Relocating all of Taholah’s lower village community members and programs will be no easy feat. In fact, the planning department envisions completing the entire project within twenty to twenty-five years, depending on a number of variables such as funding and convincing the community to leave their current homes. When creating the plan for the new village, QIN also had to include the programs that are currently located in the lower village as well as the cultural museum, the Taholah Mercantile, post office, community center and the school.
“We wanted to have a central road with the mercantile, the bank, the post office and other offices,” Kelsey said while describing the relocation plan. “We have the museum at the heart of the community to keep the culture right there in the center. And also a new community center at the top of the hill where you would be able to have better space. The community center will probably be a little oversized, we’ll have extra showers and we added some storage for cots and tents, so that it could serve as the emergency evacuation area.
“The school’s plan was in place before I got here,” he continues. “The school is owned by the state, it’s not a BIA school, so it’s going to be harder to fund. I think the state will pay up to twenty percent of the new school, otherwise it’s up to local jurisdiction. Somehow we’d have to come with forty million dollars to pay for that school. Those funds could come through congressional appropriation or a big loan because that’s by far the most expensive building we’d be looking at and it’s not totally within the Nation’s control.”
The new village will also include a central park, cottages for elders, apartments for college students and single adults, and tiny houses for the homeless population as well as people who are returning to the community from recovery. If a disaster were to take place, the QIN planning department took measures to ensure the sustainability of the community.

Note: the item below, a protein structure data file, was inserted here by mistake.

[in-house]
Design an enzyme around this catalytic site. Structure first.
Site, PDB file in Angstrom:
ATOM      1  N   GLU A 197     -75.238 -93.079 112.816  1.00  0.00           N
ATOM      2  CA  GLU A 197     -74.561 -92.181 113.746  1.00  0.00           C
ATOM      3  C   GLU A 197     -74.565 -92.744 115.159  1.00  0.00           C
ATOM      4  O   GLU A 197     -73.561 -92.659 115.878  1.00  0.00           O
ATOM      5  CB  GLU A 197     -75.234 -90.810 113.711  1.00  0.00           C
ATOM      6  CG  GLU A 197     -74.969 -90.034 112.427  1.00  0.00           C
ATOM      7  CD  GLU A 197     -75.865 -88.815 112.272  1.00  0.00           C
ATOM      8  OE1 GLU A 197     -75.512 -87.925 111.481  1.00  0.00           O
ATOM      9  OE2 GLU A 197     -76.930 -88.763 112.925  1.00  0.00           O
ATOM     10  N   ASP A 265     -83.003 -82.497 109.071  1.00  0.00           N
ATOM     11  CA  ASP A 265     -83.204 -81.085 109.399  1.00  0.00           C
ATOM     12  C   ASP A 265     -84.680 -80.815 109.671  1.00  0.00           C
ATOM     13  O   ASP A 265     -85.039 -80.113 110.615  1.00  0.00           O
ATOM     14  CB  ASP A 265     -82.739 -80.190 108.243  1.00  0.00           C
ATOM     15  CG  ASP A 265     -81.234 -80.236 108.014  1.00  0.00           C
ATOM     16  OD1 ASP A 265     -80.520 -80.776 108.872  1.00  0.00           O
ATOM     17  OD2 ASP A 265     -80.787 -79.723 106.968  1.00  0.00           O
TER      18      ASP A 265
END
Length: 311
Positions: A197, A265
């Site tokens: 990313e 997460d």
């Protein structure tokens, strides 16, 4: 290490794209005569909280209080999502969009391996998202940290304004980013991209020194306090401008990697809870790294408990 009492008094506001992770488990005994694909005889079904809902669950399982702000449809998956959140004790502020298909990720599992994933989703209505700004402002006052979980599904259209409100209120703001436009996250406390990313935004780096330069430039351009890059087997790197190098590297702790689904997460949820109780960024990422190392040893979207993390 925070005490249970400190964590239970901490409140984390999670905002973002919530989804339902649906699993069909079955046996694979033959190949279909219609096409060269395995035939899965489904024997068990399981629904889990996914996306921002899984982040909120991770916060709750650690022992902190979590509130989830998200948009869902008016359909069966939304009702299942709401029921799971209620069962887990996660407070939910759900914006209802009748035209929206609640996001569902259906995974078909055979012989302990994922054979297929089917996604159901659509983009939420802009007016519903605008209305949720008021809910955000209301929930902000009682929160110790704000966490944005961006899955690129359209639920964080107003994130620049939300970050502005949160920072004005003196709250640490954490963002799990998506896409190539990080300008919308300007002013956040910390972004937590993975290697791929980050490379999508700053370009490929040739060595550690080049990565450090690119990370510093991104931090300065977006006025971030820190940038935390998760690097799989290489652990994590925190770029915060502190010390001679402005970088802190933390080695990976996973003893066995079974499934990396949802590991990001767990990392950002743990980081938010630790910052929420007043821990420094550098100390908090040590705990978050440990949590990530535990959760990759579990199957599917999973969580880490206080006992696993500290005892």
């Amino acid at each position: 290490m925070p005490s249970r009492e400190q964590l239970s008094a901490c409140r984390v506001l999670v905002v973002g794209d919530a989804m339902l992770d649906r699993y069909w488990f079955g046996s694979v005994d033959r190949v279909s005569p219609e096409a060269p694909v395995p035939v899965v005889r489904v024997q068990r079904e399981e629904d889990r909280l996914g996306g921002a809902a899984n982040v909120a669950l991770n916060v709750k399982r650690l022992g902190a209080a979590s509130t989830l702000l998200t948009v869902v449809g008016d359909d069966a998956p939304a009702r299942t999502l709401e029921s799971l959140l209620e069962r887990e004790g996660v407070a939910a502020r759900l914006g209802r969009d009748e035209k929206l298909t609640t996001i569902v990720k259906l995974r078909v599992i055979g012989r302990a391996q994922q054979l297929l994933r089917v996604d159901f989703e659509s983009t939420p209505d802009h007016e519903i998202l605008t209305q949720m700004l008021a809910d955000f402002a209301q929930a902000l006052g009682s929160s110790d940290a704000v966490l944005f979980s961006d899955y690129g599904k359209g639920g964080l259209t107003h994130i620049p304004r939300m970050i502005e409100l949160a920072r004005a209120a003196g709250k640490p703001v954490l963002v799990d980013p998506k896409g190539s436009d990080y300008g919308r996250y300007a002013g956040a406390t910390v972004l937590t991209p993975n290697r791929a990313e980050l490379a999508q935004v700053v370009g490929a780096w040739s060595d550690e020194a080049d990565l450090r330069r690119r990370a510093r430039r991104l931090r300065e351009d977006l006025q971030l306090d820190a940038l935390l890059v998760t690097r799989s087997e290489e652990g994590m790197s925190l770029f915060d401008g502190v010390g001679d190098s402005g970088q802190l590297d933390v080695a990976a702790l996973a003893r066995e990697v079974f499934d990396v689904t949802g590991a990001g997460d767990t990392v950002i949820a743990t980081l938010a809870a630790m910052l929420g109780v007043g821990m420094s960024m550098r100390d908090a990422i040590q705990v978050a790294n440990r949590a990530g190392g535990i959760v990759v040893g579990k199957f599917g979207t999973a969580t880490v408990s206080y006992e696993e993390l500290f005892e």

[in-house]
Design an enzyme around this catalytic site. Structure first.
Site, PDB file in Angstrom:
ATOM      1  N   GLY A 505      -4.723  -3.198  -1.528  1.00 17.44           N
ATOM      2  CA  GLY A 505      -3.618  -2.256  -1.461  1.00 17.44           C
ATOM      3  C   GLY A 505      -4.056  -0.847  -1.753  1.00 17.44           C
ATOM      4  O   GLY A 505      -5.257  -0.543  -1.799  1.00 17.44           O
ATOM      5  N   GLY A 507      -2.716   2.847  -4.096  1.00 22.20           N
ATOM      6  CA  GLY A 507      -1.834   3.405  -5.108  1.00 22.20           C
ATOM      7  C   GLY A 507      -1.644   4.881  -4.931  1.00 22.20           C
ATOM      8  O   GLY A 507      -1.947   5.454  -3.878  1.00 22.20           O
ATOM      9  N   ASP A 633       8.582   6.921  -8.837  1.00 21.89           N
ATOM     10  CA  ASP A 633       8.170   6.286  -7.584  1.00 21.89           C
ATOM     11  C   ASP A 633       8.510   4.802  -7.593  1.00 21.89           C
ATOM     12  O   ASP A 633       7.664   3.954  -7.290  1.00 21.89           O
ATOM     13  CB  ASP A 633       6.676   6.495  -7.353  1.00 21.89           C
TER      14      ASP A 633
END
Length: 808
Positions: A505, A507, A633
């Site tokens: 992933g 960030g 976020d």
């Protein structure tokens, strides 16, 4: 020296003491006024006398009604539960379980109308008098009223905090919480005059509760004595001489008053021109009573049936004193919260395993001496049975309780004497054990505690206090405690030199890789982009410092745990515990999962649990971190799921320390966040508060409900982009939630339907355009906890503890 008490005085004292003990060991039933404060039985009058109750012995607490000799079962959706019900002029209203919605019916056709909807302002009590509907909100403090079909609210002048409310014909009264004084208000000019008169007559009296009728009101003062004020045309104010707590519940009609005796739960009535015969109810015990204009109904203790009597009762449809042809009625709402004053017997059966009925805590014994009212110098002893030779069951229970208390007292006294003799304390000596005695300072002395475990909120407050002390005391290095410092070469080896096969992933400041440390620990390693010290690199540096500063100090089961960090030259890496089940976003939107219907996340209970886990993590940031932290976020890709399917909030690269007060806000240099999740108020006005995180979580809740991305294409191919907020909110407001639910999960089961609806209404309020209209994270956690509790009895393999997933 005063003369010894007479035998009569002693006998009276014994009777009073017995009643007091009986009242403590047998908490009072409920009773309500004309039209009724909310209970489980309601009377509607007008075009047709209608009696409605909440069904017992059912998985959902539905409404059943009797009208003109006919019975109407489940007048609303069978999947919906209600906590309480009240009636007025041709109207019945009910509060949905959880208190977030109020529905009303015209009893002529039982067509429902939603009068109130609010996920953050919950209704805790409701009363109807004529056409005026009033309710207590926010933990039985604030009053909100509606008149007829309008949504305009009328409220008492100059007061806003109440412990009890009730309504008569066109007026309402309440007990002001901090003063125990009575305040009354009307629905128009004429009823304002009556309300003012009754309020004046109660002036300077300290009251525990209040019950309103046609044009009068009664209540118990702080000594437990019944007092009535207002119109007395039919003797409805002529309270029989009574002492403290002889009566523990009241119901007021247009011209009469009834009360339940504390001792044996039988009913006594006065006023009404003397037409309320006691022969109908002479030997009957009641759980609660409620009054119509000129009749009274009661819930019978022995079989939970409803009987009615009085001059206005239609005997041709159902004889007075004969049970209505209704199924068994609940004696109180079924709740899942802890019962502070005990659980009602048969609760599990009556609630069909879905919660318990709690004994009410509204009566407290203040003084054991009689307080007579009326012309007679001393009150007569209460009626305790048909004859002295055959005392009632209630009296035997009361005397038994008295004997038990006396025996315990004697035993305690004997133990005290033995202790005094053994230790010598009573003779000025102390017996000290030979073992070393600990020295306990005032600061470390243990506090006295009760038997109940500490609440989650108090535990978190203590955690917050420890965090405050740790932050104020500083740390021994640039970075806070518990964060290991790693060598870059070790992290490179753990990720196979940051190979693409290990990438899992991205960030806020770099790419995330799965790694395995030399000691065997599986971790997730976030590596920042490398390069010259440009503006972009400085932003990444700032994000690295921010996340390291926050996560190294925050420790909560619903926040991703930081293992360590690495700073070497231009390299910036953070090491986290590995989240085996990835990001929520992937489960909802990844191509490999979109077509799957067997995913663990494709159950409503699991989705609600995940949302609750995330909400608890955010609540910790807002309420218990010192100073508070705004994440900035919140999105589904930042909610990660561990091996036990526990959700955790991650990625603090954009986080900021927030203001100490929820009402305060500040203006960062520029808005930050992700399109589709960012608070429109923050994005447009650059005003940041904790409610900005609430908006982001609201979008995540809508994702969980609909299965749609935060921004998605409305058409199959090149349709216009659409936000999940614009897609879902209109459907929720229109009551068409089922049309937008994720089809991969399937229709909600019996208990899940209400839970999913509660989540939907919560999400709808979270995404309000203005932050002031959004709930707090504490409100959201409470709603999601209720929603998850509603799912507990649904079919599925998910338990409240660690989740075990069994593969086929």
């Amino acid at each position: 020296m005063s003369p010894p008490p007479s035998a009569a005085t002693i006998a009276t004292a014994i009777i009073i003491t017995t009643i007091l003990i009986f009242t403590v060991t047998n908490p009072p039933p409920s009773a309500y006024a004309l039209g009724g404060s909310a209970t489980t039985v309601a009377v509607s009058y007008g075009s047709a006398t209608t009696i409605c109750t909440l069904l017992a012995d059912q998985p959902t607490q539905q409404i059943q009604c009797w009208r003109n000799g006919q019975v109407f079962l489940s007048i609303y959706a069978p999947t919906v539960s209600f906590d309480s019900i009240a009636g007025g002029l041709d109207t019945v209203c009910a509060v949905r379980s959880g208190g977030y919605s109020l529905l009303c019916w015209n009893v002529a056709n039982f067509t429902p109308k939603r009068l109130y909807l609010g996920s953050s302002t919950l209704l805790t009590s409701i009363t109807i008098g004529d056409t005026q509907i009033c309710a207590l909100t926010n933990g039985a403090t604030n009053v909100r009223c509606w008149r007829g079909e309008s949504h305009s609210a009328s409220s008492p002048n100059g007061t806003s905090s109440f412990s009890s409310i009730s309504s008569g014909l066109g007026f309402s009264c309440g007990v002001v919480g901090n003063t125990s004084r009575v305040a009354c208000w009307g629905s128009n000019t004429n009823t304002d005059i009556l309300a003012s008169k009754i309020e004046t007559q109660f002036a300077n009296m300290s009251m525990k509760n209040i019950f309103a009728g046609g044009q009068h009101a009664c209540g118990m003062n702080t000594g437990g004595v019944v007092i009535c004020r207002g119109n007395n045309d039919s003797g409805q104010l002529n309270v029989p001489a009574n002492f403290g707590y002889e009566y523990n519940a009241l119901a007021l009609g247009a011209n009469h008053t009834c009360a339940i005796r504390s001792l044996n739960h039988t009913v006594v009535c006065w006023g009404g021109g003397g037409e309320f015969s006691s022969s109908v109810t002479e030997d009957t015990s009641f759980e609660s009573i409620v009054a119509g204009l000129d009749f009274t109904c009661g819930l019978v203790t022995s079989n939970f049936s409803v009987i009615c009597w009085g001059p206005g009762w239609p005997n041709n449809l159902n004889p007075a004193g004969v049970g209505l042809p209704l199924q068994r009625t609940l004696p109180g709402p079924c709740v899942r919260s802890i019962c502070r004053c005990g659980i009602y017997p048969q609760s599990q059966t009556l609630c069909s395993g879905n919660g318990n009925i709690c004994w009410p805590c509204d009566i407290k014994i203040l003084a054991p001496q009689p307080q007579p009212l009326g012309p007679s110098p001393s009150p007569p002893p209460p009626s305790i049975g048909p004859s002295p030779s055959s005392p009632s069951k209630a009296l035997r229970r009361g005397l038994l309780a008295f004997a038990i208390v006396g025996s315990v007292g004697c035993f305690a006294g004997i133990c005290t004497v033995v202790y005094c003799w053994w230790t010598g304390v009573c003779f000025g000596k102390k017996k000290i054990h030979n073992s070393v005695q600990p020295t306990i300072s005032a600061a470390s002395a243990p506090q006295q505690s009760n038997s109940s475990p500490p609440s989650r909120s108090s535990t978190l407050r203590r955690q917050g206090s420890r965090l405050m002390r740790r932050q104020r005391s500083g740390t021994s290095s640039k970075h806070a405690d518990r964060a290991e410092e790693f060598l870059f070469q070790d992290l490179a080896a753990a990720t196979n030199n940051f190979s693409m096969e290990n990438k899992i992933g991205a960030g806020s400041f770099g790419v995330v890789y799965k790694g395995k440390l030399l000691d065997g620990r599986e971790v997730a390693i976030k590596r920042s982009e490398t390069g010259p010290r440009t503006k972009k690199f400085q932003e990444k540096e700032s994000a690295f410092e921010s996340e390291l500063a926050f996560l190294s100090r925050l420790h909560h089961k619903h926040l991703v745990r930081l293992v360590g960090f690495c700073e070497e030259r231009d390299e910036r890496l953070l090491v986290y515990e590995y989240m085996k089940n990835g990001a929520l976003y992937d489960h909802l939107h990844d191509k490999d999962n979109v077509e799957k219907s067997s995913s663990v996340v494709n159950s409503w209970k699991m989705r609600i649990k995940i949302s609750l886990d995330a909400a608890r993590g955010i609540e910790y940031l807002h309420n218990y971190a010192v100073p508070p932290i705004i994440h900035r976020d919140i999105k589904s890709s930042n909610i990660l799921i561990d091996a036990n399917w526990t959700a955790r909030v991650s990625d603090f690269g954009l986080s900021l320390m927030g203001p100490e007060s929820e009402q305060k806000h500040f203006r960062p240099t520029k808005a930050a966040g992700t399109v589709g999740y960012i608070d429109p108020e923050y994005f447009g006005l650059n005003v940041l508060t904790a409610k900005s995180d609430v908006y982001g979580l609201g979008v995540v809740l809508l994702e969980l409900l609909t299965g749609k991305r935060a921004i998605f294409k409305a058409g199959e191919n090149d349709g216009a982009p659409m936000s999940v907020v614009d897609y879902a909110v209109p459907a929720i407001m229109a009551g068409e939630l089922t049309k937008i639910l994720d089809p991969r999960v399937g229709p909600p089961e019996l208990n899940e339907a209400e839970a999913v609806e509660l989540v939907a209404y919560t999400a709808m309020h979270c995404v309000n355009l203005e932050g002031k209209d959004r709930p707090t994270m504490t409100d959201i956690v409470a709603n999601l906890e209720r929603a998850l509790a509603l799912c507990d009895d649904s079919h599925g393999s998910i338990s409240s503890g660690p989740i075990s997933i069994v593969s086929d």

“In the case of the quake and the tsunami, Taholah is by itself,” says Kelsey. “There’s one road in and there’s one powerline in and they both go through the tsunami zone on the beach. So having the best shelter in place was the goal of this project. We talked to Grays Harbor PUD and it would take six months to two years to get power restored in Taholah. Being at the end of the line, we’re the last ones to get served out here. How do we maintain at least some power was another goal of this plan. We placed an energy park in the village and a biomass facility. We worked with some federal agencies and with a non-profit group on incorporating solar into the neighborhoods. That may not take care of all the power needs for the village but it would keep the lights on for some of the day and the refrigeration going. And with the biomass, we’re looking at doing the district heating system where it would basically boil water and then you would take the heat from the boiled water and heat the clinic, the Admin Building and the Generations Building.”